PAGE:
Facts related to the life, history, and death of Laika, the first dog to orbit the Earth!
Laika was a stray pup from the streets of Moscow who found a place in the aviation history pages to be the first animal to orbit the Earth. But she paid the price with her life. Her Soviet ship was Sputnik 2 and it all ended in a sad fiery demise 61 years back.
Laika was the chosen dog to orbit the Earth
Sputnik 1 was the first man-made object to go to spaceman orbit it. It was sent to space on 4 October 1957. It was unmanned and undogged. After its success, the Soviet engineers were motivated. This time they decided to send an animal, a dog to space to see how it goes. They wanted the next launch that is of Sputnik 2 to be done on 7 November 1957 to coincide with the 40th anniversary of Russia’s Bolshevik Revolution. Hence they set to hurriedly make the aircraft which was designed to have a pressurized compartment for a flying dog.
The canine recruiters went into action. They started to search for a female dog since they believed that female canines were lighter and more docile. There were a few finalists who were then kept in pressurized compartments first for days and later weeks. Their reaction to loud noises or pressure changes was evaluated which was, expected during takeoff. Kudryavka (Little Curly) was ultimately the chosen one and her backup was Albina (White). When introduced on radio, Kudryavka and hot the name Laika which in Russian means Barker. Medical devices to monitor their heart rate and the like was, inserted into her body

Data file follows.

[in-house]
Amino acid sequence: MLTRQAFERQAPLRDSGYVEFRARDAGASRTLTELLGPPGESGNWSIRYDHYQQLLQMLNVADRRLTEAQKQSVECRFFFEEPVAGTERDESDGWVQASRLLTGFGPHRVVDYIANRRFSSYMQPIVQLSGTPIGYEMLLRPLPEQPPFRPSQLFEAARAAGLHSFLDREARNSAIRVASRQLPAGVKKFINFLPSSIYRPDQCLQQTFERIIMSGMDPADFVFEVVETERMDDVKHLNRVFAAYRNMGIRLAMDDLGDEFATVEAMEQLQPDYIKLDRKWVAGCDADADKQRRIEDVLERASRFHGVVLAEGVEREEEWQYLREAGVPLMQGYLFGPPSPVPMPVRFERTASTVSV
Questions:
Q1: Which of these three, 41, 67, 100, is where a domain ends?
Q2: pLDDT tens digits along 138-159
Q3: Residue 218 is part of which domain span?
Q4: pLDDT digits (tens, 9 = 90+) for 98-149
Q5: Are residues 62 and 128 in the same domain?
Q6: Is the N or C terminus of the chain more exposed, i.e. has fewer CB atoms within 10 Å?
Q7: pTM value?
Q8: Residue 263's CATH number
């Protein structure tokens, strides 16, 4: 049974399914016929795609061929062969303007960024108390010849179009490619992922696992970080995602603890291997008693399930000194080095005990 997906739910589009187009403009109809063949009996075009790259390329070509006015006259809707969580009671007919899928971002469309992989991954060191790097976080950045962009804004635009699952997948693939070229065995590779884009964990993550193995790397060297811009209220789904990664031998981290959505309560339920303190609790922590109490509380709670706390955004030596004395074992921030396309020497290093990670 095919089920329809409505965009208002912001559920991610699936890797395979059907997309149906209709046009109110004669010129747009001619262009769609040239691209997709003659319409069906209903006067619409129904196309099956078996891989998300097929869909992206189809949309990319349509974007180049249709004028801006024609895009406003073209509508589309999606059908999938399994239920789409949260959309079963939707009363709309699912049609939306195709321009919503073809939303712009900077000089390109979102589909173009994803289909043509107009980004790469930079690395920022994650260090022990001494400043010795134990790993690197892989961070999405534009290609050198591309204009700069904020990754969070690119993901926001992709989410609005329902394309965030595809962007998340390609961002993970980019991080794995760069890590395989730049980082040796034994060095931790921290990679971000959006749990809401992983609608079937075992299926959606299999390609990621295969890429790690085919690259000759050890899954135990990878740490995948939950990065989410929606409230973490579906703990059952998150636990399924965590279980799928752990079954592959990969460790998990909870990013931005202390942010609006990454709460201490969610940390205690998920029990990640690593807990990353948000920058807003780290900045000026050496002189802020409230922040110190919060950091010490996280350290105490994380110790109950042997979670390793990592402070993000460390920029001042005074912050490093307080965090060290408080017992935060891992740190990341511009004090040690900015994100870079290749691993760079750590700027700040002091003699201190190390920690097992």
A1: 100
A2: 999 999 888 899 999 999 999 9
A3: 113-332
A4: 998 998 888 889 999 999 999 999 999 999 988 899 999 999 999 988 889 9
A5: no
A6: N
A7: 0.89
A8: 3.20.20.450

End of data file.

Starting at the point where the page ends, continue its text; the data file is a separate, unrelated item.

Laika and her flight to space
Laika was chosen to die but her keepers felt sad for her. One of them, Vladimir Yazdovsky took her home before the flight. He said:
“I wanted to do something nice for the dog,”
She was, bathed, fitted with sensors and sanitation device and put in the cramped chamber. The canine recruiters put her a spacesuit with metal restraints. There was one meal for her and 7 days of oxygen supply.
On 3 November 1987 at 5.30 in the morning, her ship took off. The noise and pressures made her heartbeat three times more. The ship reached the orbit. She was still alive. The ship circled the Earth in 103 minutes.
Click the link here to learn more about 60 years on! Monkeys Able and Baker were first primates to survive a spaceflight on 28 May 1959!
The fateful death of Laika
But the temperature in her chamber rose high and she died soon after. She could only complete only a couple of orbits. But the ship was in orbit for five months.
Cathleen Lewis who was the curator of international space programs and spacesuits at the Smithsonian’s National Air and Space Museum said:
“The temperature inside the spacecraft after the fourth orbit registered over 90 degrees. There’s really no expectation that she made it beyond an orbit or two after that.”
Laika might have died but she lives on even today in websites, songs, YouTube videos, poems, and children’s books.
Source: Smithsonian magazine